Compromise is always difficult in Washington. Republicans and Democrats have not been getting along for years. That difficulty rises to a fever pitch in election years. It's not 2020 yet, but --


KEILAR: It kind of is, it feels like 2020 mode.


DEMIRJIAN: Right? The mindset is there all the same. So the idea of being able to reach across the aisle in a not urgent crisis total drama situation is very rare. Maybe the debt ceiling, that will happen, because, otherwise, the entire economy grinds to a halt. But in this sort of case, like you said, pretty much no.

KEILAR: We'll wait for that crisis for some bipartisanship.

Karoun Demirjian, thank you so much.

Outcry growing over the president's racist remarks and his new racist rally chant. We're going to talk to a former Trump executive who will tell us if he thinks the president is racist.



[13:46:55] (BOOING)


DONALD TRUMP, PRESIDENT OF THE UNITED STATES: And obviously and importantly, Omar has a history of launching vicious anti-Semitic screeds.

(CHANTING) TRUMP: And she talked about the evil Israel and "it's all about the Benjamins." Not a good thing to say.


KEILAR: Fifteen seconds. That's how long the president remained silent as the crowd chanted "send her back." The earlier unofficial count I had was 13 seconds. That's the official count, 15 seconds.

This flies in the face of what the president said moments ago, that he tried to shut this down, this chant, by talking quickly, he said.

Well, that is a lie. Keeping up his attacks on four congresswomen of color was a major part of President Trump's rally in North Carolina last night.

Which raises the question: Is this political strategy or is the president racist or is it both?

Let's talk to someone who can answer this question for us. Jack O'Donnell is the former president and COO of Trump Plaza Casino in Atlantic City. He's also the author of "Trump": The Inside Story of the Real Donald Trump."

Jack, thank you for joining us.


KEILAR: The president says he doesn't have a racist bone in his body. You worked very closely with him, talking to him multiple times a day for over three years. What did you see?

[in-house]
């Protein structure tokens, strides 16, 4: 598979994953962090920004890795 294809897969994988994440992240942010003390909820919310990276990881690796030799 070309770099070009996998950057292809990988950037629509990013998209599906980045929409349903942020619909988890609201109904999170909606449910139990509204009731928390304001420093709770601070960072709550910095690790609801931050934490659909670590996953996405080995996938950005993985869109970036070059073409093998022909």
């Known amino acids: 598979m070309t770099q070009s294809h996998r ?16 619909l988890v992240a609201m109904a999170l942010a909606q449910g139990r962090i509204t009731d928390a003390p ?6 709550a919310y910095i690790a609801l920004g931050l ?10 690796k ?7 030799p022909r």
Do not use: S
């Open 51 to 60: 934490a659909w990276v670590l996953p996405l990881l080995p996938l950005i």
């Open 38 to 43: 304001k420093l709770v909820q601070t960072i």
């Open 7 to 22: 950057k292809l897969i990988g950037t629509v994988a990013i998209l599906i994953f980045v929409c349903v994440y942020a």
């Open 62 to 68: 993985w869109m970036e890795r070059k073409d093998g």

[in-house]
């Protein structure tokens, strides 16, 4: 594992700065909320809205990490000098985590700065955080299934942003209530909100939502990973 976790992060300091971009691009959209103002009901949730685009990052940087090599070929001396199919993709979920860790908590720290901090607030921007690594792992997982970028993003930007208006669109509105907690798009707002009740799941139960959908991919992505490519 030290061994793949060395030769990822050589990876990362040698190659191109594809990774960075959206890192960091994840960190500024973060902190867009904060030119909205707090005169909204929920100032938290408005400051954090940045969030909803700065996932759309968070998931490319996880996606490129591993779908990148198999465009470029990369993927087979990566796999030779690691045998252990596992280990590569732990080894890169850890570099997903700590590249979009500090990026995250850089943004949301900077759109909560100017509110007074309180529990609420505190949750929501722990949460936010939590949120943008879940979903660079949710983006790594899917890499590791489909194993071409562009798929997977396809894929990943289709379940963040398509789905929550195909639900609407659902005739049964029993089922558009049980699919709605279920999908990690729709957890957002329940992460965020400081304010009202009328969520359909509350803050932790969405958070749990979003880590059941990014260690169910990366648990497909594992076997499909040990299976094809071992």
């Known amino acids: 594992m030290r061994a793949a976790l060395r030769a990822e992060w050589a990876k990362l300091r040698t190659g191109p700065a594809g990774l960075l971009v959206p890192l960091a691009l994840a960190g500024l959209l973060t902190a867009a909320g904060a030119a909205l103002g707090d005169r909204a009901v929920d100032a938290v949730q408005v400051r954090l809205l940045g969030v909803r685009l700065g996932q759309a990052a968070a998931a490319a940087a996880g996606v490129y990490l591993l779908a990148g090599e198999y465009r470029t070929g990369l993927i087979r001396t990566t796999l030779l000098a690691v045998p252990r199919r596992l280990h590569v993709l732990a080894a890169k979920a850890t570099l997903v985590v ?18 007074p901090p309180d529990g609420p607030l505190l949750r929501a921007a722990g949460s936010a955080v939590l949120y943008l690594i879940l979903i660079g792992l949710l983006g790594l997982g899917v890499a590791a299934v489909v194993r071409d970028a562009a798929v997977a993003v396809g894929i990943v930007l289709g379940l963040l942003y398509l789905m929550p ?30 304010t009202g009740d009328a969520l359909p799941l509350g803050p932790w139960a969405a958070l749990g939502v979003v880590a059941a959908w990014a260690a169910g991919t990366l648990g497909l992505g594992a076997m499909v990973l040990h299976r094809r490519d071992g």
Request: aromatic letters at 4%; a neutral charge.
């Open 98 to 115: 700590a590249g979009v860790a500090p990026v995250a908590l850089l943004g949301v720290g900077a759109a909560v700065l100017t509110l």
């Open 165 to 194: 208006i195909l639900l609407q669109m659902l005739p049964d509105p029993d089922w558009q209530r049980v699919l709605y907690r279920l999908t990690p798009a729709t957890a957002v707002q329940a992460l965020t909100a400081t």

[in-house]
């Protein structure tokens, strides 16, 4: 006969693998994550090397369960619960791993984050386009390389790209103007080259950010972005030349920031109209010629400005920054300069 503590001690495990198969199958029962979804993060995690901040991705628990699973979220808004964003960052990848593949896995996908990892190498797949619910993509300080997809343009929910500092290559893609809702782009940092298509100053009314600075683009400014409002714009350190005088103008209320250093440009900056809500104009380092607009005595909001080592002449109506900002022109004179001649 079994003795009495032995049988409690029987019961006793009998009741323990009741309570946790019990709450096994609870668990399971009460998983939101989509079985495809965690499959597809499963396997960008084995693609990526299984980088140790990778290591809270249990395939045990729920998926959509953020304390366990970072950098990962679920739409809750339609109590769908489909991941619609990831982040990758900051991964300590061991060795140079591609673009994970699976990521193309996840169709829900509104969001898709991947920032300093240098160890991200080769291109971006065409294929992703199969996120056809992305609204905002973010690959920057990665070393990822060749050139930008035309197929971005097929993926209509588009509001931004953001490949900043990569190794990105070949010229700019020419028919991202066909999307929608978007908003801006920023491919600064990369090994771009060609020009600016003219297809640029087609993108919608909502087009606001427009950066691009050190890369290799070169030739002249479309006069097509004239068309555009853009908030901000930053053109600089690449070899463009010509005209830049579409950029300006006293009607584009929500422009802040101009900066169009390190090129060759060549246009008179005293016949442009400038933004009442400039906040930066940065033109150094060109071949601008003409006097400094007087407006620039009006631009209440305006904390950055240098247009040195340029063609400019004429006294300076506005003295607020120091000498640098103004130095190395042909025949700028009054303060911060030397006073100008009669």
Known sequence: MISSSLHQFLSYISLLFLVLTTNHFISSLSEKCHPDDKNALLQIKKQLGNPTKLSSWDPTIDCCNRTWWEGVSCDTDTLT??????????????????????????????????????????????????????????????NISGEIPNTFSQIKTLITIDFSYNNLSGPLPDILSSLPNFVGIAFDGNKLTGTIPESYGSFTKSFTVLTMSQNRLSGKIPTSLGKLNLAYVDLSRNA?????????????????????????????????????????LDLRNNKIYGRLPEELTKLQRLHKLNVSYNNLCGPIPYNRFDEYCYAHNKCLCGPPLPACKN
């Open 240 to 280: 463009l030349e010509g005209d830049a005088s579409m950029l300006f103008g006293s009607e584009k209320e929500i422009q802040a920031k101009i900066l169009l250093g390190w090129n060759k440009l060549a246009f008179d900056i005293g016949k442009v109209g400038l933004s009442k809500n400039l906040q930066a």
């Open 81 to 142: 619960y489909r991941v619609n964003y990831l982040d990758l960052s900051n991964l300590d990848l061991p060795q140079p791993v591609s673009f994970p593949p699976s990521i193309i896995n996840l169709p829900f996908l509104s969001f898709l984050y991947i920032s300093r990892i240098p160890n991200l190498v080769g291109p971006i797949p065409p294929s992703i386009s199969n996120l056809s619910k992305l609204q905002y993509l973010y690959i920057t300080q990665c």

O'DONNELL: Well, I saw a very racist Donald Trump.

You know, Brianna, I guess the best way to describe him, he's like an old-school segregationist. If you think of George Wallace or Strom Thurmond, back in the '50s or '60s, that is how Trump thinks.

So, you know, he expresses his views very openly, when you become part of the inner circle, as I was. I mean, I was running his most successful business for three years. We spoke on a daily basis.

It was very common for him to make very casual comments about his views on race, whether it was traits that he would associate with people, where he very often said blacks were lazy, things like that. It was just very common with him.

He would very often say, why should whites have to live with blacks, because he didn't fundamentally believe that whites wanted to live with blacks and blacks didn't want to live with whites. That was just a very common conversation with Donald Trump.

KEILAR: So was it black Americans that he singled out? Or were there other groups that he had negative words for as well?

O'DONNELL: Well, he stereotyped almost everybody, Brianna.

But I think he also had a very harsh view of Puerto Ricans. I got the impression that most of that came from his experience with his father in their housing developments when they tried to purposely segregate Puerto Ricans as well as black people from certain units. So he had a very negative opinion of Puerto Rican people.

[13:50:13] But he also stereotyped rich people. Very commonly saying, I want short Jewish guys with yamika's on their head counting my money, I don't want black people counting my money.

So he typecast many, many people.

KEILAR: You document a time where he was allegedly complaining about black people being lazy. And he asked if you agreed with him. And you say that you, quote, "told him, in no uncertain circumstances, that I did not."